There were questions proposed by Women, therefore the answer will be answered in first person tone as in the person answering the questioner will say "dear sister"...etc.

First Fatwa:


Wa `alaykum As-Salamu wa Rahmatullahi wa Barakatuh.


In the Name of Allah, Most Gracious, Most Merciful.


All praise and thanks are due to Allah, and peace and blessings be upon His Messenger.


Dear sister in Islam, we would like to thank you for the great confidence you place in us, and we implore Allah Almighty to help us serve His cause and render our work for His Sake.


It goes without saying that in Islam parents have no right to compel their daughter to get married or to stop her from pursuing education. They have every right to advise their child to get married, but the ultimate decision is in the hands of the child. Moreover, every Muslim woman has a right to basic education and skill training.


In his response to the question in point, Sheikh Ahmad Kutty, a senior lecturer and Islamic scholar at the Islamic Institute of Toronto, Ontario, Canada, states:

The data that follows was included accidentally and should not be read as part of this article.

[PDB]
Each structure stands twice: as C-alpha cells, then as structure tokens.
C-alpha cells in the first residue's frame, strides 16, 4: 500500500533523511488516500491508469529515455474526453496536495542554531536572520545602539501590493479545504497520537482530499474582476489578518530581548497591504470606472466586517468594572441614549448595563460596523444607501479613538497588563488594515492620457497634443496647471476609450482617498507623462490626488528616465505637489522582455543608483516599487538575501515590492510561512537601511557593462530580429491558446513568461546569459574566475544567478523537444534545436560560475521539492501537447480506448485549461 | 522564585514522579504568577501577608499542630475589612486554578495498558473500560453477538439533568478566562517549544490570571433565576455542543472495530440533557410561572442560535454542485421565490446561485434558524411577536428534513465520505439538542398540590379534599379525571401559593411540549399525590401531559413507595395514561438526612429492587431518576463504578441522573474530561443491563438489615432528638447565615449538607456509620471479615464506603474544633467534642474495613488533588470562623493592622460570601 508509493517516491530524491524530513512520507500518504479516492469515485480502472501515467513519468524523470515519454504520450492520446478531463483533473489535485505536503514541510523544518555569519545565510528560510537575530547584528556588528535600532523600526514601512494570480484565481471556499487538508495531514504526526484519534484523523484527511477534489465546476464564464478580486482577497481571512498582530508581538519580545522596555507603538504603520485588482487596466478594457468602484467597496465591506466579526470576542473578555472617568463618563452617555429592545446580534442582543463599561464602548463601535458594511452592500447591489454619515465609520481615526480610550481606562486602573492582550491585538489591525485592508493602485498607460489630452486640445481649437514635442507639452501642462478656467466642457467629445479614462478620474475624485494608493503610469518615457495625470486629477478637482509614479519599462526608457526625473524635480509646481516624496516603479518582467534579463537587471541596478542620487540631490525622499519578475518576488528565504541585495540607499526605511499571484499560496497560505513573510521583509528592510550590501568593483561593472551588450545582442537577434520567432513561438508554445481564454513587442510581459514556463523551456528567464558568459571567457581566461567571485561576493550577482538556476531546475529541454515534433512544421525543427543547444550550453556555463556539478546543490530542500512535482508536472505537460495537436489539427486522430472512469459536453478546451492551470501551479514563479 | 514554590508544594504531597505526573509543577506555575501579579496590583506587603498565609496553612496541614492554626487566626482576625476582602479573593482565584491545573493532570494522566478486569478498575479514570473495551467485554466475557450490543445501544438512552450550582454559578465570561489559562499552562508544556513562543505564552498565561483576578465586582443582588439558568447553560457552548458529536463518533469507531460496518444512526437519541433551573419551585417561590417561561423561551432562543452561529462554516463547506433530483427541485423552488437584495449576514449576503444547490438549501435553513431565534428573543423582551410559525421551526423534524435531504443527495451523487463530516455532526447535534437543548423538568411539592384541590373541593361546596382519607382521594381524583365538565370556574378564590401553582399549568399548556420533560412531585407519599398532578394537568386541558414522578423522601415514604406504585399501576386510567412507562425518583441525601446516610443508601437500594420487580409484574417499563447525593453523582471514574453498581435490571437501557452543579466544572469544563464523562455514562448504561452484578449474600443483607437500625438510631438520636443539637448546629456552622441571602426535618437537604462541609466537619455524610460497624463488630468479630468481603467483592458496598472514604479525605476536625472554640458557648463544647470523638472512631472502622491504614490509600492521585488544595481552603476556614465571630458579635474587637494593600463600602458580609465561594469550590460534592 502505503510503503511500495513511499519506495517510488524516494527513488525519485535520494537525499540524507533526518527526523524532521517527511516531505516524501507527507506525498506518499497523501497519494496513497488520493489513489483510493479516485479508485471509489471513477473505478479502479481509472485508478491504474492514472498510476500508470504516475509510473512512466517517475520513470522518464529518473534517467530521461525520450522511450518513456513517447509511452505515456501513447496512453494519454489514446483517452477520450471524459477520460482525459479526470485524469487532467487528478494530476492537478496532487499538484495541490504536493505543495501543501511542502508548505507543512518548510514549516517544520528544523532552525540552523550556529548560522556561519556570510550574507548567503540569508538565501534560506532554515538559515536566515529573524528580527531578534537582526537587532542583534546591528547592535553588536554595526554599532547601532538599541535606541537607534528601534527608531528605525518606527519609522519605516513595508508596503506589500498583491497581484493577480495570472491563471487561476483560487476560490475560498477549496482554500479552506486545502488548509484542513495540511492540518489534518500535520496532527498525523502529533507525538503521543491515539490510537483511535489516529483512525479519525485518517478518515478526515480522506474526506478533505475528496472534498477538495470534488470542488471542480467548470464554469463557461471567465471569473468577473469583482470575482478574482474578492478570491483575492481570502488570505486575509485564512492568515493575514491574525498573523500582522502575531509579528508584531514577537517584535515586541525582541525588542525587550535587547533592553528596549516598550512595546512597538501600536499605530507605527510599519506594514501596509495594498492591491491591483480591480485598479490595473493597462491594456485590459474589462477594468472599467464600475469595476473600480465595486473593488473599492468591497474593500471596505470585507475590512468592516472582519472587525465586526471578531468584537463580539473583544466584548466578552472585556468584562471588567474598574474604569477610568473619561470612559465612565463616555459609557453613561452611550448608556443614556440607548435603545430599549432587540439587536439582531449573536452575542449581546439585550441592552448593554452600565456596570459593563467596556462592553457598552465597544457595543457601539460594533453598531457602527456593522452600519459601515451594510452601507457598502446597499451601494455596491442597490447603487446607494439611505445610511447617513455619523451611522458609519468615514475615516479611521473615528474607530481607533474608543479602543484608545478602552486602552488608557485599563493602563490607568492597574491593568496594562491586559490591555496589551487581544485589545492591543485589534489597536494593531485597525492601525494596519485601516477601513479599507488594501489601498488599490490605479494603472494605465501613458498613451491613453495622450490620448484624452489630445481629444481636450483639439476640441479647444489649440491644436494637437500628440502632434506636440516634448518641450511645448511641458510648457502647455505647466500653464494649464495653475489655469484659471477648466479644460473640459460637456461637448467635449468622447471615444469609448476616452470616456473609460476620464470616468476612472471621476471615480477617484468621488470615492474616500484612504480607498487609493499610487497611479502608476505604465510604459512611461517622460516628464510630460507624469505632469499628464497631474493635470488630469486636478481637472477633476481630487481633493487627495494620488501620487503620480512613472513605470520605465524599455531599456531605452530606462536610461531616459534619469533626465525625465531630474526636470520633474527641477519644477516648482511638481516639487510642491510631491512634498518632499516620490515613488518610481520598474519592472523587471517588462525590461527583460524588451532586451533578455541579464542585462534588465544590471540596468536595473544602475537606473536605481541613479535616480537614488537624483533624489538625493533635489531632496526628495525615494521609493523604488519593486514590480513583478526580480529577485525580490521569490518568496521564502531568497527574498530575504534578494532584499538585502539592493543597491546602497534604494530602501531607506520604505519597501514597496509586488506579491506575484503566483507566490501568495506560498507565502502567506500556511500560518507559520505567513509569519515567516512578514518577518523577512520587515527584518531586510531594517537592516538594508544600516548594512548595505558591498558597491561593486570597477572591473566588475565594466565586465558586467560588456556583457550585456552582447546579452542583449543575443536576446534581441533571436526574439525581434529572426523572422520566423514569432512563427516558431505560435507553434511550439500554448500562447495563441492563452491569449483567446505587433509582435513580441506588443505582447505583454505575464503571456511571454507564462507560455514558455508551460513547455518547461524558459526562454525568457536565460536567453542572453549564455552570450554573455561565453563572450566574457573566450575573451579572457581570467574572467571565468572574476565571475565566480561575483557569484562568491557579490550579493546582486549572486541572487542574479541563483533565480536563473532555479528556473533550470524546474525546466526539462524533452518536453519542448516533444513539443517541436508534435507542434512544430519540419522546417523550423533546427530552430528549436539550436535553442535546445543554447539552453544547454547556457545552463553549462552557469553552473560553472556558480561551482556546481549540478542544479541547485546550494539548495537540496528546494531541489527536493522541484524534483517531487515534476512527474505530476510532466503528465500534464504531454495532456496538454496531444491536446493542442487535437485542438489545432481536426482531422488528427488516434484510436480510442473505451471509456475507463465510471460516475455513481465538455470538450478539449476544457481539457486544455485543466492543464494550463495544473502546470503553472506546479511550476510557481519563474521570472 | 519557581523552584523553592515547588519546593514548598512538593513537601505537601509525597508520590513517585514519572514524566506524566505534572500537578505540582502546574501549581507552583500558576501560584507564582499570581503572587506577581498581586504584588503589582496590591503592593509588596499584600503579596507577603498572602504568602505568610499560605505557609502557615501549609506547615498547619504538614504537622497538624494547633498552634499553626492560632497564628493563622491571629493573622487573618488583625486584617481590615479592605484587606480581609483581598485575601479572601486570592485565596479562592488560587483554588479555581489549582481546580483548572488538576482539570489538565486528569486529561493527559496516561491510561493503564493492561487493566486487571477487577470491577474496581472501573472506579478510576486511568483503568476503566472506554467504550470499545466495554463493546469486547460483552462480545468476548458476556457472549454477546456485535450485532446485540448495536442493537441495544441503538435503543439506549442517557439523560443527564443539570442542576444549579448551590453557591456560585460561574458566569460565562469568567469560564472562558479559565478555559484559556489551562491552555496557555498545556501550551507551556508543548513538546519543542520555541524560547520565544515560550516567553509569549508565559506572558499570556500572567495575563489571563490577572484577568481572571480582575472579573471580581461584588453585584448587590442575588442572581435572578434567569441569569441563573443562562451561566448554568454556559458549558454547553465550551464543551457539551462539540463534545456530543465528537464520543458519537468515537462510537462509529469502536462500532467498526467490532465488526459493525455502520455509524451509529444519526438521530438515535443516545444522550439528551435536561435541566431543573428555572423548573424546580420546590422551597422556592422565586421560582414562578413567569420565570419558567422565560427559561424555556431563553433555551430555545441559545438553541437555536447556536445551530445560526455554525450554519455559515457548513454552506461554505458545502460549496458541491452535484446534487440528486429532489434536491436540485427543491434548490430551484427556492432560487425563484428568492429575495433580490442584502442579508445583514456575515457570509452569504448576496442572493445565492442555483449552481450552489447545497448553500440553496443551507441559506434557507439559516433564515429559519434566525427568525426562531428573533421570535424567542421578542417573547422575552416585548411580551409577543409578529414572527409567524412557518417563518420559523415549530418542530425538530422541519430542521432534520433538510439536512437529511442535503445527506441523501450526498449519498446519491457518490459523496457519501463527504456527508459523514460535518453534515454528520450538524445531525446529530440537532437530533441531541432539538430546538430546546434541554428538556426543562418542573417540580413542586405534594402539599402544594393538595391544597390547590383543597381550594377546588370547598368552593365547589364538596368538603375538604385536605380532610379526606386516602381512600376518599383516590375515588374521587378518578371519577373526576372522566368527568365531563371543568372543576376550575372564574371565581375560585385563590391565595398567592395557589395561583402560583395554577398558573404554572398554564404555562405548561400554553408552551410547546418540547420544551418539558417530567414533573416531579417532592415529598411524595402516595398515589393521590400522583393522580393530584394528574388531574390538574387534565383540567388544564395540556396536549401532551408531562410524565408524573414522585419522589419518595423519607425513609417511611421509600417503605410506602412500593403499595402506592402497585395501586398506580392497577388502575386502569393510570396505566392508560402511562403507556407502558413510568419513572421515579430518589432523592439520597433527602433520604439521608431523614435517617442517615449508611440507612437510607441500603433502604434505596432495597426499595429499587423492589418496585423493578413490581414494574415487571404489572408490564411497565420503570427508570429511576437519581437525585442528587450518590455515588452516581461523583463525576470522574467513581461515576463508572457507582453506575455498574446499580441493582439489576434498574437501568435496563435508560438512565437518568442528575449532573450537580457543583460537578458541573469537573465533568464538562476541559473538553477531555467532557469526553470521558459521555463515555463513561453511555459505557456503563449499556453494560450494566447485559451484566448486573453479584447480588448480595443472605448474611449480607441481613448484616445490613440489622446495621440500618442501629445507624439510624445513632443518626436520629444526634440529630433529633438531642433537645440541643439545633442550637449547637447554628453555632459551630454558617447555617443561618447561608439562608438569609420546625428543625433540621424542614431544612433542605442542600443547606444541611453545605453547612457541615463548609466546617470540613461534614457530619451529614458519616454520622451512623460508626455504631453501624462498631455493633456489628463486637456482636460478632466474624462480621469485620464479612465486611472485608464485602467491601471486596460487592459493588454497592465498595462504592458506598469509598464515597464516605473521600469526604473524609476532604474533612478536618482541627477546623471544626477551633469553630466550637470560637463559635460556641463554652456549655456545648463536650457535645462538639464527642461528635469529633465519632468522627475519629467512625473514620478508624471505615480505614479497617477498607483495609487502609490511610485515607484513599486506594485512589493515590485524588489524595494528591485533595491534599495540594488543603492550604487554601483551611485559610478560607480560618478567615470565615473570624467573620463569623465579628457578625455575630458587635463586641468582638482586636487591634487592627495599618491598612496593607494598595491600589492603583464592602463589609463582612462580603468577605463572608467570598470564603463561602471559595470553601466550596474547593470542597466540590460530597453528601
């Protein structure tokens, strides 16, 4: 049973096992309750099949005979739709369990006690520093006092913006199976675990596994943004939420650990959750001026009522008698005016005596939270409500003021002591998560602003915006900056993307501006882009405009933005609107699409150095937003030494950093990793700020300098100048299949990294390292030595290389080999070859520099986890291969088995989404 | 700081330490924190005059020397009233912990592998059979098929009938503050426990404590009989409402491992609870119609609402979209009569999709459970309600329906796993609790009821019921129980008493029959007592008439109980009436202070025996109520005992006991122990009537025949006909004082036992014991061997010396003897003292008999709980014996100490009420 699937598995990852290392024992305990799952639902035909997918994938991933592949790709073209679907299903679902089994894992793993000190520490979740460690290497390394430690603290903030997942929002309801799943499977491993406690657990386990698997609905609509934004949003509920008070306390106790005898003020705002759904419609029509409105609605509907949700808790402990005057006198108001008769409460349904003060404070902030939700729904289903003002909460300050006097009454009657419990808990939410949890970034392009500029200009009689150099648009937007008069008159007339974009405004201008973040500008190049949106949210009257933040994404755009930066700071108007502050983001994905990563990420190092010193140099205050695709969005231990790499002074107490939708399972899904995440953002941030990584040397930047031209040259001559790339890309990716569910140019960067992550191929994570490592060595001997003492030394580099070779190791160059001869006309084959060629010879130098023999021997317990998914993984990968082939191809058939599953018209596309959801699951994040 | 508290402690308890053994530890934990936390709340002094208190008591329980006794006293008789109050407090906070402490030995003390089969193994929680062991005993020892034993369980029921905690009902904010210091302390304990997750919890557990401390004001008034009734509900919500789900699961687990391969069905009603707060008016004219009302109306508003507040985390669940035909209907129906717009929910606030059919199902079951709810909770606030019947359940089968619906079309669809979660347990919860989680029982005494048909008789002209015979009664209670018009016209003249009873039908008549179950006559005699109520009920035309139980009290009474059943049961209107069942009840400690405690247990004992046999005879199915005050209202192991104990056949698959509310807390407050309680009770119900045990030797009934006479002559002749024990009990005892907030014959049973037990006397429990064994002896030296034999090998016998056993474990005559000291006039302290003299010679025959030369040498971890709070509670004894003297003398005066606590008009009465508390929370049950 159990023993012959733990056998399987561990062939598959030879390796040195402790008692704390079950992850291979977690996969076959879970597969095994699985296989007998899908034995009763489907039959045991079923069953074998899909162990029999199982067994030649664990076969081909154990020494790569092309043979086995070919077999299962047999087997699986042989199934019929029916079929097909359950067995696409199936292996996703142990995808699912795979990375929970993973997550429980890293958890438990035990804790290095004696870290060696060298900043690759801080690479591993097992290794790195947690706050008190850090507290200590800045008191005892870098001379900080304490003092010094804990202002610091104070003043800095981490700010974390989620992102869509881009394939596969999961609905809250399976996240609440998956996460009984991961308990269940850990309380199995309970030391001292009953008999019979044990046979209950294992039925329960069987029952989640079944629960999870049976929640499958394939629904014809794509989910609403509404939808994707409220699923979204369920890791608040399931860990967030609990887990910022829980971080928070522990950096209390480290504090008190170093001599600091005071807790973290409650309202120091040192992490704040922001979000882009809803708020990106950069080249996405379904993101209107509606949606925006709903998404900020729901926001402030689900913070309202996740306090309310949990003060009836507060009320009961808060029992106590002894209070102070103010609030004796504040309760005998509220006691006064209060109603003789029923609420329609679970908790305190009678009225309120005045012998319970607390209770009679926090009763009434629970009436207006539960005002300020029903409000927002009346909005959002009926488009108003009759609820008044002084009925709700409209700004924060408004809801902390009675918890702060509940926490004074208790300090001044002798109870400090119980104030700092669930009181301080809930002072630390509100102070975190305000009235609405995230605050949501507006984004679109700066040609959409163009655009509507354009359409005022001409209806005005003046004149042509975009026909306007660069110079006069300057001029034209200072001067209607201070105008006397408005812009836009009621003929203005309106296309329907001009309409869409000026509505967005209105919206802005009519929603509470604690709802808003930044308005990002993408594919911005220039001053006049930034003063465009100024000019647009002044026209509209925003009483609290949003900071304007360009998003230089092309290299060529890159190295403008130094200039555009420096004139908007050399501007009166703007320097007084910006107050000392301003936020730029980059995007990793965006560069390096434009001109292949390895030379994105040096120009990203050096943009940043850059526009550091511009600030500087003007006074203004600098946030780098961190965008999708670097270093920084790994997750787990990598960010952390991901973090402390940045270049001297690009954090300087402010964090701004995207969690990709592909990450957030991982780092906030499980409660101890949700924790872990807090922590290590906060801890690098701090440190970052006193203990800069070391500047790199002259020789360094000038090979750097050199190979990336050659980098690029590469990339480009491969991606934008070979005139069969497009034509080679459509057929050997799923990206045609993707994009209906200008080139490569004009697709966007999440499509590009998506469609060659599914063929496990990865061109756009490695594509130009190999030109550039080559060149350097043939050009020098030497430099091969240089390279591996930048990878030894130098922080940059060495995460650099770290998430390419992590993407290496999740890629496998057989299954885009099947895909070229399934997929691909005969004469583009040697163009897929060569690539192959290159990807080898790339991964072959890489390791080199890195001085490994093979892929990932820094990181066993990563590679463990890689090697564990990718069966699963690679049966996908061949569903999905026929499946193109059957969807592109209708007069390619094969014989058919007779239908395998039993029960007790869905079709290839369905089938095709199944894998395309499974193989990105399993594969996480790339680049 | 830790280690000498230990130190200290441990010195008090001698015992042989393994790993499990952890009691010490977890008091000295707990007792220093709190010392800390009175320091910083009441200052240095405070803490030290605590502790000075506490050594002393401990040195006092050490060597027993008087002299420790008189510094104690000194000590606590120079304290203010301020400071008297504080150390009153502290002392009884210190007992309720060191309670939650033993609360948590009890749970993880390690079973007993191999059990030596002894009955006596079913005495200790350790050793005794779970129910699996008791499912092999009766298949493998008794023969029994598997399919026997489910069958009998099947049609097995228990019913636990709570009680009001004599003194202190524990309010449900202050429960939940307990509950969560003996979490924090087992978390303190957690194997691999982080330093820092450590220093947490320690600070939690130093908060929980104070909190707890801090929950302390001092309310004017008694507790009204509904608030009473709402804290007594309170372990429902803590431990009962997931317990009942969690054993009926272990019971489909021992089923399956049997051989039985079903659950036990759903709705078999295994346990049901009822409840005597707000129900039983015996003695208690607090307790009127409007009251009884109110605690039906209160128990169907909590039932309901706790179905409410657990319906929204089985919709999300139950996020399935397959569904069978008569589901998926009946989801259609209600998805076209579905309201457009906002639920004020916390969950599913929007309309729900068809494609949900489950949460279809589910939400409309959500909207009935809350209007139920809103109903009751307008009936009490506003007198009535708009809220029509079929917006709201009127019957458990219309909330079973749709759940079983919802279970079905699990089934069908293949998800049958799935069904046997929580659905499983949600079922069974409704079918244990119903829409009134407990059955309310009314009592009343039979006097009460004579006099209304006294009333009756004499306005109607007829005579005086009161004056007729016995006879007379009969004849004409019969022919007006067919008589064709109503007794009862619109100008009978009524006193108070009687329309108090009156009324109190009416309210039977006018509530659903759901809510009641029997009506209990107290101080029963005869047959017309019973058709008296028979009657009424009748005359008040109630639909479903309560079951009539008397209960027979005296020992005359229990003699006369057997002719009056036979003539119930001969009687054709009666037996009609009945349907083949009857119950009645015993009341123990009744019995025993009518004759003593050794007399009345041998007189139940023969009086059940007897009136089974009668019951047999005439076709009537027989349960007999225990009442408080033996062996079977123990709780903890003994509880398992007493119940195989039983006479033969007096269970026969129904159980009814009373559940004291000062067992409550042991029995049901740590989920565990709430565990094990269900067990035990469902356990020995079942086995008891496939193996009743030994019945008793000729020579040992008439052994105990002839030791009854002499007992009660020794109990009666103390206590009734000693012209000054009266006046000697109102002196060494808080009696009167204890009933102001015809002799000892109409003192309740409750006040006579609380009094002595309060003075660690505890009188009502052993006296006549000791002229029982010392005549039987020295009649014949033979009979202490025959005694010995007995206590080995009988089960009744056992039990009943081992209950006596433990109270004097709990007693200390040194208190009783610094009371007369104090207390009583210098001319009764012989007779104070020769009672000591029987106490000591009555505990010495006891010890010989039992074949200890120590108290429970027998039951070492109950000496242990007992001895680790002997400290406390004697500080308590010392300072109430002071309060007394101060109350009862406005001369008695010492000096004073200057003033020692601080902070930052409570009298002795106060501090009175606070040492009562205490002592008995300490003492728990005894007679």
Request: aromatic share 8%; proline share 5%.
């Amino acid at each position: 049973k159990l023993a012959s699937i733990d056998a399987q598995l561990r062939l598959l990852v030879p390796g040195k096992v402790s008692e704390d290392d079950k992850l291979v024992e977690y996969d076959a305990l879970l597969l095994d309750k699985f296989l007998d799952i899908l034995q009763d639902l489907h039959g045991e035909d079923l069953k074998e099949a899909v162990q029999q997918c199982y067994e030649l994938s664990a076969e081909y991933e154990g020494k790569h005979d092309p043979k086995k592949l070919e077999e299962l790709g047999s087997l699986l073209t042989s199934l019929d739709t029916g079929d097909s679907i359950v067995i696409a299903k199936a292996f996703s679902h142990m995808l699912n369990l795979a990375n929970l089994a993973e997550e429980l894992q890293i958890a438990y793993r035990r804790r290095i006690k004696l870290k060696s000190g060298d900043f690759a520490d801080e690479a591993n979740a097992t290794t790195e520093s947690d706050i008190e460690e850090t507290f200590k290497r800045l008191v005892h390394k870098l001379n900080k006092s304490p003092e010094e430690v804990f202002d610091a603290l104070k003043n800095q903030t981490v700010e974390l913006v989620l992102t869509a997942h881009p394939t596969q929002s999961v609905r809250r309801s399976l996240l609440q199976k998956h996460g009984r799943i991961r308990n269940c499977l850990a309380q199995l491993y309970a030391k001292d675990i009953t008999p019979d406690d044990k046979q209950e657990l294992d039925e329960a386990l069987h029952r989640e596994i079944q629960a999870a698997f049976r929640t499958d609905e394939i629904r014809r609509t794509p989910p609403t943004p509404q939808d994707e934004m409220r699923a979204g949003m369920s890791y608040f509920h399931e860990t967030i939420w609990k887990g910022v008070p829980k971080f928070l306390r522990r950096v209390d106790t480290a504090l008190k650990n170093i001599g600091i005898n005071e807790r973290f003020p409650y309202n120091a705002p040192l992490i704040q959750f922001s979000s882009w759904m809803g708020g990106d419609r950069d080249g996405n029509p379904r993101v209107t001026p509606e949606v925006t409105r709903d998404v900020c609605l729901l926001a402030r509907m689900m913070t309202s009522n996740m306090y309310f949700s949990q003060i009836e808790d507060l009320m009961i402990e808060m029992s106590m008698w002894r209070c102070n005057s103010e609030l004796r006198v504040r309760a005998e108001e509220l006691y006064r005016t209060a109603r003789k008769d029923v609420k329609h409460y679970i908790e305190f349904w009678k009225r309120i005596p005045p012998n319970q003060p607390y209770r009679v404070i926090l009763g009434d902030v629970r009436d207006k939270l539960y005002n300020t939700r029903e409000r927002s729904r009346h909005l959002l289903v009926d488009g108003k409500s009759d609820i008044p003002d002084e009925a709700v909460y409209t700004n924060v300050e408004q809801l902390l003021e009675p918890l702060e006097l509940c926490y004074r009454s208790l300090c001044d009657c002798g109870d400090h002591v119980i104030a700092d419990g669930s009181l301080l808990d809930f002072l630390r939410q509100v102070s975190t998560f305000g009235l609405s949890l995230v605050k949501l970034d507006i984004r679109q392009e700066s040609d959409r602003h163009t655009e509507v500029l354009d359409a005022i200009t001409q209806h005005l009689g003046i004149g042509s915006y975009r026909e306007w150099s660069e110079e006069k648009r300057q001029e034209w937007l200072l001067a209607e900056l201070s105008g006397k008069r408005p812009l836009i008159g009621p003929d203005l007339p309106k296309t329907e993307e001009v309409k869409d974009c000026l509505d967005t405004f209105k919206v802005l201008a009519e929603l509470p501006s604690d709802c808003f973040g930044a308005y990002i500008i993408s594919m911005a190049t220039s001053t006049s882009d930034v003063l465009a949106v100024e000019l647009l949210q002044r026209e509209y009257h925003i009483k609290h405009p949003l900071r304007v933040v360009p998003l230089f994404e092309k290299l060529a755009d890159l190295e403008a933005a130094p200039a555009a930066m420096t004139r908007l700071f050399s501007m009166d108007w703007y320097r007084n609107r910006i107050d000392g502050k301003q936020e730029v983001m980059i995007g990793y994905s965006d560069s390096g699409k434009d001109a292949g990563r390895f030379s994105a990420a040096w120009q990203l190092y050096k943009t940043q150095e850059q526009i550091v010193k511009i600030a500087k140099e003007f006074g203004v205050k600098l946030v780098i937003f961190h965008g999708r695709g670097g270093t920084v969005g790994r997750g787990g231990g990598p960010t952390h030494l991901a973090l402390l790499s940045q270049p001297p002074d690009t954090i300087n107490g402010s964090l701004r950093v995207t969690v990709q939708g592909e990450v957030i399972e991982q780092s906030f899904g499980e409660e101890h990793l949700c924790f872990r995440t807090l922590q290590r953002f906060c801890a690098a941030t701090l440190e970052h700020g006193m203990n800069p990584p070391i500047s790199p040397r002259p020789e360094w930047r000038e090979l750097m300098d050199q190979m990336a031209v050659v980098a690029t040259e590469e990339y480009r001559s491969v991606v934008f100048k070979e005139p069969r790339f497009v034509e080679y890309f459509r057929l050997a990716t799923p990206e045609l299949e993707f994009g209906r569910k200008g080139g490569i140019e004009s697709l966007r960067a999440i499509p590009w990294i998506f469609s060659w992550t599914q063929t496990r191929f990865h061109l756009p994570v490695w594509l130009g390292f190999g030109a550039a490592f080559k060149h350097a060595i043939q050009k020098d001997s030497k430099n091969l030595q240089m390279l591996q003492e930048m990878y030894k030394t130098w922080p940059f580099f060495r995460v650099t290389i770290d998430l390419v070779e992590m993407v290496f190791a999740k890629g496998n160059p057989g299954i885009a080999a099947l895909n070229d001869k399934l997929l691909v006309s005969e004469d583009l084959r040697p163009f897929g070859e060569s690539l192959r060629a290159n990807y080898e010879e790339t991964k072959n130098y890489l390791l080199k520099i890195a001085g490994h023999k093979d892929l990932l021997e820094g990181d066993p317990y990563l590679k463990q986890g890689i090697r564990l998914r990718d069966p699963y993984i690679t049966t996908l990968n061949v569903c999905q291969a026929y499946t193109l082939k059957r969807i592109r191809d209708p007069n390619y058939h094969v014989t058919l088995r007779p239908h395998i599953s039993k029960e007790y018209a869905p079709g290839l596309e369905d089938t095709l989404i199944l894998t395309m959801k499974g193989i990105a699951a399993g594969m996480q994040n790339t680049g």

“While parents in Islam have every right to advise their children and persuade them to get married, nevertheless, the ultimate decision when and with whom they wish to get married lies exclusively in their own hands, and not in the hands of their parents. In other words, parents have no right to compel you to get married now, should you choose to do so after completing your course of studies. If you were coerced into it, then such a marriage would be deemed as invalid in Islam.


In Islam every woman has a right to basic education and skill training. Parents cannot stop her from pursuing it. It is important for girls living in this society to get least their basic education and skills training in order for them to function as intelligent mothers as well as to be able to take care of themselves without being a burden on others, should their marriage fail. So have a free and open discussion with your parents on this issue. You should be able to convince them of the following:


1. Marriage in Islam is ultimately your decision, and parents have only the role of a guide or adviser; since you are the person who must live with the person, you must be able to decide for yourself. The Prophet (peace and blessings be upon him) clearly established this precedent in authentic traditions.